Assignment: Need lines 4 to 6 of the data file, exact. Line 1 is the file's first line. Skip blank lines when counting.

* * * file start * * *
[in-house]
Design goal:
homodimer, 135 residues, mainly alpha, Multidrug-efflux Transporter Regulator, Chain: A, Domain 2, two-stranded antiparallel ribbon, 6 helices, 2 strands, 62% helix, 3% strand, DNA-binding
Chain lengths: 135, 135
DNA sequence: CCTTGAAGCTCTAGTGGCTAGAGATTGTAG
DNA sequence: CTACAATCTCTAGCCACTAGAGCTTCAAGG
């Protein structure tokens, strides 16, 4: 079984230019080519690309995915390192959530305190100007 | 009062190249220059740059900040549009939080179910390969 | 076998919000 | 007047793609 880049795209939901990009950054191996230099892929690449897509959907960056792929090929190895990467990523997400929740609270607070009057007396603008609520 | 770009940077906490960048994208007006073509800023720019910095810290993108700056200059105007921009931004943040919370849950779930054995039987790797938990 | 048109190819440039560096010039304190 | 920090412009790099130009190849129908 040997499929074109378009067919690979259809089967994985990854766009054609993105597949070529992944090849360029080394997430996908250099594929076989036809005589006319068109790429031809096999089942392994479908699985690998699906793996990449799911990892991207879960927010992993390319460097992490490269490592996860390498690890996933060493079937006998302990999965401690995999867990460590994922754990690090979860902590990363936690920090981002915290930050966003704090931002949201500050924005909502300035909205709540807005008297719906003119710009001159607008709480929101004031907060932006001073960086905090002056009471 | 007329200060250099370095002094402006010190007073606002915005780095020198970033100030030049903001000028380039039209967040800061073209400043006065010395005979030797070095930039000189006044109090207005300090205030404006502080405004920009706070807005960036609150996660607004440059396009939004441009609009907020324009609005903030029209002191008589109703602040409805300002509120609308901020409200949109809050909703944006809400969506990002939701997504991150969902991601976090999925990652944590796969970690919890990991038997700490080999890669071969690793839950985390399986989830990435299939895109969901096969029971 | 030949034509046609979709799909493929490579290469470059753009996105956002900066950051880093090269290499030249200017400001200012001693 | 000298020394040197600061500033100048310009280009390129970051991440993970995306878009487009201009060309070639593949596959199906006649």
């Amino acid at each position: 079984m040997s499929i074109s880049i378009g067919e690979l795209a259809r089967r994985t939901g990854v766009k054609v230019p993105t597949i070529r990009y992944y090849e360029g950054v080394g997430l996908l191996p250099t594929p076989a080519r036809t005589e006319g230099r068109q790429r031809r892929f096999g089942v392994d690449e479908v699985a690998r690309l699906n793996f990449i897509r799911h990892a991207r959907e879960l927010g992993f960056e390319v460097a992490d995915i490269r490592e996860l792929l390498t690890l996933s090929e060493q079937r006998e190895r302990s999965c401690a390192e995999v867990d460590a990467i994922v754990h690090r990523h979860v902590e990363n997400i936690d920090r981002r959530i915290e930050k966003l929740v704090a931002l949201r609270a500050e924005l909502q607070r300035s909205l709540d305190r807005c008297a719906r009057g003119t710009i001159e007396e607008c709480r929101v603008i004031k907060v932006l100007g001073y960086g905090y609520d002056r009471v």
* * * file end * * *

Chain lengths: 135, 135
DNA sequence: CCTTGAAGCTCTAGTGGCTAGAGATTGTAG
DNA sequence: CTACAATCTCTAGCCACTAGAGCTTCAAGG